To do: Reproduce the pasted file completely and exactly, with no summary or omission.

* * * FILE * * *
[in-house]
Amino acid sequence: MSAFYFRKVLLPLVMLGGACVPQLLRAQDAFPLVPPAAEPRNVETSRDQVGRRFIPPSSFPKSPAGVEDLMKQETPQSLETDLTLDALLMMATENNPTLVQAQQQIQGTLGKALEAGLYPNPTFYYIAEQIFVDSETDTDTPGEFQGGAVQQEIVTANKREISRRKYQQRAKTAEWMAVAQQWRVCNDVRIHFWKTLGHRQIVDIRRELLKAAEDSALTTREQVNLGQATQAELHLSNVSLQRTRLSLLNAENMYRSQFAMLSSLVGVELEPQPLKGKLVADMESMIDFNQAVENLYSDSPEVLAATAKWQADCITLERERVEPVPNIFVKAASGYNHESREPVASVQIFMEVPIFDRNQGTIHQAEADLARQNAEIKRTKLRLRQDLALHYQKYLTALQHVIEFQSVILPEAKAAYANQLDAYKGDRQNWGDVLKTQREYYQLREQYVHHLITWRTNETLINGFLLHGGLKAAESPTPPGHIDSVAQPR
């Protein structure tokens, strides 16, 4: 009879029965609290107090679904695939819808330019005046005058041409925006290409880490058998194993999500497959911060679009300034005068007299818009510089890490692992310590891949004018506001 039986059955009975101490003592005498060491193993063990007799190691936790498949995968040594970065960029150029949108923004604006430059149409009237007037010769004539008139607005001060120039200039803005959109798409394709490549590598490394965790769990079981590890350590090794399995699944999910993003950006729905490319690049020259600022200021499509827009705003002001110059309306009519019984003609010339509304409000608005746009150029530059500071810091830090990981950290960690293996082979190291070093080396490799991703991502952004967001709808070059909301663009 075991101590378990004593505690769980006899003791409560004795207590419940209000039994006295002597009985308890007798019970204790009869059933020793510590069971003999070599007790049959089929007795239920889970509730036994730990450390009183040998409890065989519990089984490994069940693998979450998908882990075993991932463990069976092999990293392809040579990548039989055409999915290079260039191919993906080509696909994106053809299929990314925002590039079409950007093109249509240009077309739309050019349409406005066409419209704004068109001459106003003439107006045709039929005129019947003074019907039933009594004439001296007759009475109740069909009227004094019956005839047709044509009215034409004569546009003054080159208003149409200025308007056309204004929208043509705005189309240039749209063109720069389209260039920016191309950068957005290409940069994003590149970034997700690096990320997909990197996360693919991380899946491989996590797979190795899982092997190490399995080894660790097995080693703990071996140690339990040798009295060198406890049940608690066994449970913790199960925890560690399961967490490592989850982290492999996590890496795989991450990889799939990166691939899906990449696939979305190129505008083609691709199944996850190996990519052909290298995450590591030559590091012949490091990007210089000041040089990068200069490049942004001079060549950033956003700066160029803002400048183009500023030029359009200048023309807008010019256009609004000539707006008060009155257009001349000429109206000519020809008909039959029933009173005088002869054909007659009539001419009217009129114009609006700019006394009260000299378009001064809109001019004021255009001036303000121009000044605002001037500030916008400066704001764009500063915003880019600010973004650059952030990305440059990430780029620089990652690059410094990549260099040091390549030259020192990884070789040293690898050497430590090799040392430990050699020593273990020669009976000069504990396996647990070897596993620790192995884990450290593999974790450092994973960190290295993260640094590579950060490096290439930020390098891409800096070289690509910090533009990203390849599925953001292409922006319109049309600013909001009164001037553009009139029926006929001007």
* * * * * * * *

[in-house]
Amino acid sequence: MSAFYFRKVLLPLVMLGGACVPQLLRAQDAFPLVPPAAEPRNVETSRDQVGRRFIPPSSFPKSPAGVEDLMKQETPQSLETDLTLDALLMMATENNPTLVQAQQQIQGTLGKALEAGLYPNPTFYYIAEQIFVDSETDTDTPGEFQGGAVQQEIVTANKREISRRKYQQRAKTAEWMAVAQQWRVCNDVRIHFWKTLGHRQIVDIRRELLKAAEDSALTTREQVNLGQATQAELHLSNVSLQRTRLSLLNAENMYRSQFAMLSSLVGVELEPQPLKGKLVADMESMIDFNQAVENLYSDSPEVLAATAKWQADCITLERERVEPVPNIFVKAASGYNHESREPVASVQIFMEVPIFDRNQGTIHQAEADLARQNAEIKRTKLRLRQDLALHYQKYLTALQHVIEFQSVILPEAKAAYANQLDAYKGDRQNWGDVLKTQREYYQLREQYVHHLITWRTNETLINGFLLHGGLKAAESPTPPGHIDSVAQPR
């Protein structure tokens, strides 16, 4: 009879029965609290107090679904695939819808330019005046005058041409925006290409880490058998194993999500497959911060679009300034005068007299818009510089890490692992310590891949004018506001 039986059955009975101490003592005498060491193993063990007799190691936790498949995968040594970065960029150029949108923004604006430059149409009237007037010769004539008139607005001060120039200039803005959109798409394709490549590598490394965790769990079981590890350590090794399995699944999910993003950006729905490319690049020259600022200021499509827009705003002001110059309306009519019984003609010339509304409000608005746009150029530059500071810091830090990981950290960690293996082979190291070093080396490799991703991502952004967001709808070059909301663009 075991101590378990004593505690769980006899003791409560004795207590419940209000039994006295002597009985308890007798019970204790009869059933020793510590069971003999070599007790049959089929007795239920889970509730036994730990450390009183040998409890065989519990089984490994069940693998979450998908882990075993991932463990069976092999990293392809040579990548039989055409999915290079260039191919993906080509696909994106053809299929990314925002590039079409950007093109249509240009077309739309050019349409406005066409419209704004068109001459106003003439107006045709039929005129019947003074019907039933009594004439001296007759009475109740069909009227004094019956005839047709044509009215034409004569546009003054080159208003149409200025308007056309204004929208043509705005189309240039749209063109720069389209260039920016191309950068957005290409940069994003590149970034997700690096990320997909990197996360693919991380899946491989996590797979190795899982092997190490399995080894660790097995080693703990071996140690339990040798009295060198406890049940608690066994449970913790199960925890560690399961967490490592989850982290492999996590890496795989991450990889799939990166691939899906990449696939979305190129505008083609691709199944996850190996990519052909290298995450590591030559590091012949490091990007210089000041040089990068200069490049942004001079060549950033956003700066160029803002400048183009500023030029359009200048023309807008010019256009609004000539707006008060009155257009001349000429109206000519020809008909039959029933009173005088002869054909007659009539001419009217009129114009609006700019006394009260000299378009001064809109001019004021255009001036303000121009000044605002001037500030916008400066704001764009500063915003880019600010973004650059952030990305440059990430780029620089990652690059410094990549260099040091390549030259020192990884070789040293690898050497430590090799040392430990050699020593273990020669009976000069504990396996647990070897596993620790192995884990450290593999974790450092994973960190290295993260640094590579950060490096290439930020390098891409800096070289690509910090533009990203390849599925953001292409922006319109049309600013909001009164001037553009009139029926006929001007």